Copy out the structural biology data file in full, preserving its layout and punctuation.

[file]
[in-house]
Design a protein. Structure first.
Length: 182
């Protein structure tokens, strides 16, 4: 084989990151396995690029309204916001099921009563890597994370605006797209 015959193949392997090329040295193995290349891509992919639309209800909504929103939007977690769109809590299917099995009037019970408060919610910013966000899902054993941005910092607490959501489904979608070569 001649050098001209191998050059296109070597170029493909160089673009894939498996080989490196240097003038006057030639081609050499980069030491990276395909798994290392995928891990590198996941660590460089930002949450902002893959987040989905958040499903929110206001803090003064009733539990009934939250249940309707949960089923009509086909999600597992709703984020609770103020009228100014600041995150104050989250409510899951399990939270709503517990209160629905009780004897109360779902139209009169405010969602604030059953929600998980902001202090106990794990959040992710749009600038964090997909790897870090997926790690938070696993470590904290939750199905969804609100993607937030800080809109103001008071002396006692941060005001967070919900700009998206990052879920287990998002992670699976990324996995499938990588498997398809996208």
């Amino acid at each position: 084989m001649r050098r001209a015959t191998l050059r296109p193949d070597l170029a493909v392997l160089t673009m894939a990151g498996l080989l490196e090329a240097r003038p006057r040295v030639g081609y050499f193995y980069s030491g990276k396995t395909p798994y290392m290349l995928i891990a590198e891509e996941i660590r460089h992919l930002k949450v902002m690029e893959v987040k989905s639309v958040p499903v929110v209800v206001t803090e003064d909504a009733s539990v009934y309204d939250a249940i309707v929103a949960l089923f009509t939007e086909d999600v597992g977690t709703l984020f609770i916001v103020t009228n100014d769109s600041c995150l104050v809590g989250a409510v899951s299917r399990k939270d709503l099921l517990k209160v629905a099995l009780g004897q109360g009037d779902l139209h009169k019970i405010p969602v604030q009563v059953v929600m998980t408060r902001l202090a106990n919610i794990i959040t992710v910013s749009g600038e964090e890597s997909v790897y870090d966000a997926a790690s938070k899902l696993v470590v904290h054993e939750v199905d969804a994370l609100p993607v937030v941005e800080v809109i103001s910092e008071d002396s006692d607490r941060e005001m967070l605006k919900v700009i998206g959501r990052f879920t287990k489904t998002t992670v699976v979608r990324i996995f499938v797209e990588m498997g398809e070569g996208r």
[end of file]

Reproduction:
[in-house]
Design a protein. Structure first.
Length: 182
């Protein structure tokens, strides 16, 4: 084989990151396995690029309204916001099921009563890597994370605006797209 015959193949392997090329040295193995290349891509992919639309209800909504929103939007977690769109809590299917099995009037019970408060919610910013966000899902054993941005910092607490959501489904979608070569 001649050098001209191998050059296109070597170029493909160089673009894939498996080989490196240097003038006057030639081609050499980069030491990276395909798994290392995928891990590198996941660590460089930002949450902002893959987040989905958040499903929110206001803090003064009733539990009934939250249940309707949960089923009509086909999600597992709703984020609770103020009228100014600041995150104050989250409510899951399990939270709503517990209160629905009780004897109360779902139209009169405010969602604030059953929600998980902001202090106990794990959040992710749009600038964090997909790897870090997926790690938070696993470590904290939750199905969804609100993607937030800080809109103001008071002396006692941060005001967070919900700009998206990052879920287990998002992670699976990324996995499938990588498997398809996208």
């Amino acid at each position: 084989m001649r050098r001209a015959t191998l050059r296109p193949d070597l170029a493909v392997l160089t673009m894939a990151g498996l080989l490196e090329a240097r003038p006057r040295v030639g081609y050499f193995y980069s030491g990276k396995t395909p798994y290392m290349l995928i891990a590198e891509e996941i660590r460089h992919l930002k949450v902002m690029e893959v987040k989905s639309v958040p499903v929110v209800v206001t803090e003064d909504a009733s539990v009934y309204d939250a249940i309707v929103a949960l089923f009509t939007e086909d999600v597992g977690t709703l984020f609770i916001v103020t009228n100014d769109s600041c995150l104050v809590g989250a409510v899951s299917r399990k939270d709503l099921l517990k209160v629905a099995l009780g004897q109360g009037d779902l139209h009169k019970i405010p969602v604030q009563v059953v929600m998980t408060r902001l202090a106990n919610i794990i959040t992710v910013s749009g600038e964090e890597s997909v790897y870090d966000a997926a790690s938070k899902l696993v470590v904290h054993e939750v199905d969804a994370l609100p993607v937030v941005e800080v809109i103001s910092e008071d002396s006692d607490r941060e005001m967070l605006k919900v700009i998206g959501r990052f879920t287990k489904t998002t992670v699976v979608r990324i996995f499938v797209e990588m498997g398809e070569g996208r």